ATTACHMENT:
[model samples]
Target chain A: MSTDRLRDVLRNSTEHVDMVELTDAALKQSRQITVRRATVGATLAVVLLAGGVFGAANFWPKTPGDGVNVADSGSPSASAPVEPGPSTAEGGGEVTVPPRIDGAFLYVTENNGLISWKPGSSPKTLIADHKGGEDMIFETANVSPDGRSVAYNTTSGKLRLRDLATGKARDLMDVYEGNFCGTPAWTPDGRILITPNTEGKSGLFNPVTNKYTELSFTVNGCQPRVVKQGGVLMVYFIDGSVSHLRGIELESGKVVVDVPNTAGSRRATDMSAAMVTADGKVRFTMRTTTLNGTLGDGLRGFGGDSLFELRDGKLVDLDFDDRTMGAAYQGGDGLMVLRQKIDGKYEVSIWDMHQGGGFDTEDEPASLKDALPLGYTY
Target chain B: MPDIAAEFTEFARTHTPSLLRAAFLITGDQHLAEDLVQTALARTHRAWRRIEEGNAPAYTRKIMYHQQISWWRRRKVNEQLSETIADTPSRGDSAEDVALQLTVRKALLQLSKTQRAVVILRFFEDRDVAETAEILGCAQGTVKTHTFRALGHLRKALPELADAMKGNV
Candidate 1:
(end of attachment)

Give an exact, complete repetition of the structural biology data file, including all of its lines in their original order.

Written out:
[model samples]
Target chain A: MSTDRLRDVLRNSTEHVDMVELTDAALKQSRQITVRRATVGATLAVVLLAGGVFGAANFWPKTPGDGVNVADSGSPSASAPVEPGPSTAEGGGEVTVPPRIDGAFLYVTENNGLISWKPGSSPKTLIADHKGGEDMIFETANVSPDGRSVAYNTTSGKLRLRDLATGKARDLMDVYEGNFCGTPAWTPDGRILITPNTEGKSGLFNPVTNKYTELSFTVNGCQPRVVKQGGVLMVYFIDGSVSHLRGIELESGKVVVDVPNTAGSRRATDMSAAMVTADGKVRFTMRTTTLNGTLGDGLRGFGGDSLFELRDGKLVDLDFDDRTMGAAYQGGDGLMVLRQKIDGKYEVSIWDMHQGGGFDTEDEPASLKDALPLGYTY
Target chain B: MPDIAAEFTEFARTHTPSLLRAAFLITGDQHLAEDLVQTALARTHRAWRRIEEGNAPAYTRKIMYHQQISWWRRRKVNEQLSETIADTPSRGDSAEDVALQLTVRKALLQLSKTQRAVVILRFFEDRDVAETAEILGCAQGTVKTHTFRALGHLRKALPELADAMKGNV
Candidate 1: